Thanks to the liquid cooling, heat and throttling don't seem to cause any problems despite the compact housing design of the Neuron.

The performance of our test device is competitive compared to similar systems equipped with Core i9. Processor throttling doesn't seem to be a problem thanks to the existing liquid cooling despite the Neuron's compact housing design, and the use of six Origin fans to circulate cool air inside helps regulate heat. Compared to the Lynx, which relies on four fans and a somewhat large case to stay cool, players will find that the neuron runs a bit louder.

When benchmarking with the Geekbench tool, the neuron values ​​of 6,308 and 33,146 points for single-core and multi-core tests are in the range of beefier units with significantly larger housing constructions such as Origin & # 39; s Millennium and Digital Storm & # 39 ; s Aventum X. Compared to With the even more compact Origin Chronos and the ASUS ROG Strix GL12X, the better results of the Neuron could be due to its larger casing, which leads to better airflow and better cooling. The Chronos scored 5,988 and 32,328 points, respectively.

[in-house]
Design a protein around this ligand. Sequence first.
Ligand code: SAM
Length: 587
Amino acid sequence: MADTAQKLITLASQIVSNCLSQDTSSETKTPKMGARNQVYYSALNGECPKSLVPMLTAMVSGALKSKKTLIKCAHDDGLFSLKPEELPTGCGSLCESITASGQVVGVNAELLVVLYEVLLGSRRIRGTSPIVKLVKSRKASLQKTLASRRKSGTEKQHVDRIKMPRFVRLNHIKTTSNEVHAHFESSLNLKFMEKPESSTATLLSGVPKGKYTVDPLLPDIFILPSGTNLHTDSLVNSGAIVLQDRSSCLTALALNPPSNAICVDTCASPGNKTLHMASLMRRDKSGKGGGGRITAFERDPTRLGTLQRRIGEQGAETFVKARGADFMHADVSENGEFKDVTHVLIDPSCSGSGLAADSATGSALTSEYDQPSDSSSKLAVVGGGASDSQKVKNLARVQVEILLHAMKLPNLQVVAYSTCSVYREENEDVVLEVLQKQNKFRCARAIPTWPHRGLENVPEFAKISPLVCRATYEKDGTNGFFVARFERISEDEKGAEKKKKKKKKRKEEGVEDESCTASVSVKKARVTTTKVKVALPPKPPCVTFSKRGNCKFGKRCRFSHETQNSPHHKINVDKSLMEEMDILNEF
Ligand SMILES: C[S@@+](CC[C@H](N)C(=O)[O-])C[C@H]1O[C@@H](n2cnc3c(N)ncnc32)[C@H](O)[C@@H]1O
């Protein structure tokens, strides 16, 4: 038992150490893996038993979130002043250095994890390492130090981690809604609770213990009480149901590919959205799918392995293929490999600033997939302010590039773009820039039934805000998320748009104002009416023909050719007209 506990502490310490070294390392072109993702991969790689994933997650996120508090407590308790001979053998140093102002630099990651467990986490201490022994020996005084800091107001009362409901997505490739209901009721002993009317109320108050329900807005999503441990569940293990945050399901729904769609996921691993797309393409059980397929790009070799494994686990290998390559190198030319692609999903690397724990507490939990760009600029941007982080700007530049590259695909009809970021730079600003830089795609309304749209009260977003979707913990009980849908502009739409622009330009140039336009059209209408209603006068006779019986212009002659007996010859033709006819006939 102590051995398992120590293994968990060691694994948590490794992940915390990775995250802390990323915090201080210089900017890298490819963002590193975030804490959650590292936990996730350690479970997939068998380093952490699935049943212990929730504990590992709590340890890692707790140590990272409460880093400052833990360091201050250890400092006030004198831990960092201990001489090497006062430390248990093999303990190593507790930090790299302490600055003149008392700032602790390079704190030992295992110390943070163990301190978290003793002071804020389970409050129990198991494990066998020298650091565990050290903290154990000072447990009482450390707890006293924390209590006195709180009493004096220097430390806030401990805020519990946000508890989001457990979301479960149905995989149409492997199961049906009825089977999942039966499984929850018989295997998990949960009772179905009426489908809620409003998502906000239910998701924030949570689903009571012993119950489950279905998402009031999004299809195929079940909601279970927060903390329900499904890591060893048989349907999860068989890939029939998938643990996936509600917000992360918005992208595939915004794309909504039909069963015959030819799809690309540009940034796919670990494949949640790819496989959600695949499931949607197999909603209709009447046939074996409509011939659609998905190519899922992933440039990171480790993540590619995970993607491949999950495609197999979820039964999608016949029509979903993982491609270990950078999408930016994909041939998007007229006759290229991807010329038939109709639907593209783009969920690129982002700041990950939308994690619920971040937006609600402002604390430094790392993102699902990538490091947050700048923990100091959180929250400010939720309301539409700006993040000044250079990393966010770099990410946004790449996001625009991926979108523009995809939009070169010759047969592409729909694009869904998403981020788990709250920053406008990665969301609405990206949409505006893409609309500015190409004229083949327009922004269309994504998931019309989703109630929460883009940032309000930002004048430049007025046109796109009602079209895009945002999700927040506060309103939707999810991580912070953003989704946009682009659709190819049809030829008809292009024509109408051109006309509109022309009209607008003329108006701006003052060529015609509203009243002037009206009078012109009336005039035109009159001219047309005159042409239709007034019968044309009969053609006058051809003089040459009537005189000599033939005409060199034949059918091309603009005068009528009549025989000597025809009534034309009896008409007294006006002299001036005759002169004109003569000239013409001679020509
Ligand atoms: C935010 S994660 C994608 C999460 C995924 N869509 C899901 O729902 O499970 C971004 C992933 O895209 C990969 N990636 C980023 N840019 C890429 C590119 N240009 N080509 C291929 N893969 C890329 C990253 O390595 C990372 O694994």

In our video coding test, the Neuron completed the task in 77 seconds, similar to Origin Millennium, Asus ROG Strix GL12X and Digital Storm Aventum X. This is significantly faster than the Digital Storm Lynx, which lasted almost 90 seconds with its weaker Intel Core i7 -9700K chip.

While we didn't find performance or heat a problem with the Neuron's smaller case, gamers who like to tinker with their PCs to upgrade internally may find less scope given the smaller size of the Mini-ITX board. The Lynx's larger ATX card provided more access to component swapping.

Riley Young / Digital Trends

Like the Lynx, the Neuron has a similar solid-state drive from the Samsung 970 EVO series, but comes with a better M.2 970 Pro drive, which has a slightly better read and write performance with a capacity of 512 GB offers. Origin offers a range of SSD, PCIe SSD and PCIe M.2 drive options for more flexibility in capacity and performance.

If you need additional storage but don't want to spend a lot of money on a 4 TB Samsung 860 Pro SSD, you can add up to five additional hard drives or solid-state drives to the Neuron. Intel Optane memory is also a premium option. In addition to the 512 GB Samsung 970 Pro SSD, our test device also came with a 3 TB hard drive.

Made for games